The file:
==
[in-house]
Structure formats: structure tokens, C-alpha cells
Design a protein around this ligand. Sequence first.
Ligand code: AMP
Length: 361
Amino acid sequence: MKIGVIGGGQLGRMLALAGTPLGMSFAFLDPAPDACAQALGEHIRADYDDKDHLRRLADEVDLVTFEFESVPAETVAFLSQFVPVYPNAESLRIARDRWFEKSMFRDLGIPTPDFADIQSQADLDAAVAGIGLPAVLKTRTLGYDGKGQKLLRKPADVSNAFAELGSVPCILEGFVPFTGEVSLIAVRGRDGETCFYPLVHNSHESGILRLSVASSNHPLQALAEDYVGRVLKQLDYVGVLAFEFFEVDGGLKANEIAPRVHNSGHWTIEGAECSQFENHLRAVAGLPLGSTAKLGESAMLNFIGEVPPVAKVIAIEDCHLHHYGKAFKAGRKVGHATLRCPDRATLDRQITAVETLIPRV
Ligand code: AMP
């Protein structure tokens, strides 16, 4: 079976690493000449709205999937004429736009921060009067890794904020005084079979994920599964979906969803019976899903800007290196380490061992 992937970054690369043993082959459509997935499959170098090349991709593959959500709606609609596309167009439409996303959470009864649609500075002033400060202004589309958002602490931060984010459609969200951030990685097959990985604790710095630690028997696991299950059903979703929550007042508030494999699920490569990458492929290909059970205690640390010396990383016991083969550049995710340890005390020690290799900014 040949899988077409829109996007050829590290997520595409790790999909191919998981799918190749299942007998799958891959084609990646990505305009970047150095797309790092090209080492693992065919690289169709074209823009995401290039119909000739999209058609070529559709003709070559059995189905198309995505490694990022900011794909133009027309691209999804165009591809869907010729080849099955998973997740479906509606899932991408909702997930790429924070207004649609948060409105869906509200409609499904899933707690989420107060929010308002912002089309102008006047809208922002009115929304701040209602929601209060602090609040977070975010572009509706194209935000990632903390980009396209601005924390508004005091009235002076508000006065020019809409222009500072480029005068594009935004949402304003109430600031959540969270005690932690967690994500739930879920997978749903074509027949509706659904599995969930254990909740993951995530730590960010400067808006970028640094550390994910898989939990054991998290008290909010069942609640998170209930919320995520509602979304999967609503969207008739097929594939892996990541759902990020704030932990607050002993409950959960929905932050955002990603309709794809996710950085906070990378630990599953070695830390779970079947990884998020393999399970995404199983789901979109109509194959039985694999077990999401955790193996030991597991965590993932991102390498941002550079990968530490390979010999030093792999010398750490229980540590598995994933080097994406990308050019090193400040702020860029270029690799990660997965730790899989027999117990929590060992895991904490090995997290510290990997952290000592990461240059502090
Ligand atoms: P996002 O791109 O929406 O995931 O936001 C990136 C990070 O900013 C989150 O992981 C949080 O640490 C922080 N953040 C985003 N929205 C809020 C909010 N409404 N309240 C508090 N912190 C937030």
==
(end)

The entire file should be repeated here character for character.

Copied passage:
[in-house]
Structure formats: structure tokens, C-alpha cells
Design a protein around this ligand. Sequence first.
Ligand code: AMP
Length: 361
Amino acid sequence: MKIGVIGGGQLGRMLALAGTPLGMSFAFLDPAPDACAQALGEHIRADYDDKDHLRRLADEVDLVTFEFESVPAETVAFLSQFVPVYPNAESLRIARDRWFEKSMFRDLGIPTPDFADIQSQADLDAAVAGIGLPAVLKTRTLGYDGKGQKLLRKPADVSNAFAELGSVPCILEGFVPFTGEVSLIAVRGRDGETCFYPLVHNSHESGILRLSVASSNHPLQALAEDYVGRVLKQLDYVGVLAFEFFEVDGGLKANEIAPRVHNSGHWTIEGAECSQFENHLRAVAGLPLGSTAKLGESAMLNFIGEVPPVAKVIAIEDCHLHHYGKAFKAGRKVGHATLRCPDRATLDRQITAVETLIPRV
Ligand code: AMP
């Protein structure tokens, strides 16, 4: 079976690493000449709205999937004429736009921060009067890794904020005084079979994920599964979906969803019976899903800007290196380490061992 992937970054690369043993082959459509997935499959170098090349991709593959959500709606609609596309167009439409996303959470009864649609500075002033400060202004589309958002602490931060984010459609969200951030990685097959990985604790710095630690028997696991299950059903979703929550007042508030494999699920490569990458492929290909059970205690640390010396990383016991083969550049995710340890005390020690290799900014 040949899988077409829109996007050829590290997520595409790790999909191919998981799918190749299942007998799958891959084609990646990505305009970047150095797309790092090209080492693992065919690289169709074209823009995401290039119909000739999209058609070529559709003709070559059995189905198309995505490694990022900011794909133009027309691209999804165009591809869907010729080849099955998973997740479906509606899932991408909702997930790429924070207004649609948060409105869906509200409609499904899933707690989420107060929010308002912002089309102008006047809208922002009115929304701040209602929601209060602090609040977070975010572009509706194209935000990632903390980009396209601005924390508004005091009235002076508000006065020019809409222009500072480029005068594009935004949402304003109430600031959540969270005690932690967690994500739930879920997978749903074509027949509706659904599995969930254990909740993951995530730590960010400067808006970028640094550390994910898989939990054991998290008290909010069942609640998170209930919320995520509602979304999967609503969207008739097929594939892996990541759902990020704030932990607050002993409950959960929905932050955002990603309709794809996710950085906070990378630990599953070695830390779970079947990884998020393999399970995404199983789901979109109509194959039985694999077990999401955790193996030991597991965590993932991102390498941002550079990968530490390979010999030093792999010398750490229980540590598995994933080097994406990308050019090193400040702020860029270029690799990660997965730790899989027999117990929590060992895991904490090995997290510290990997952290000592990461240059502090
Ligand atoms: P996002 O791109 O929406 O995931 O936001 C990136 C990070 O900013 C989150 O992981 C949080 O640490 C922080 N953040 C985003 N929205 C809020 C909010 N409404 N309240 C508090 N912190 C937030």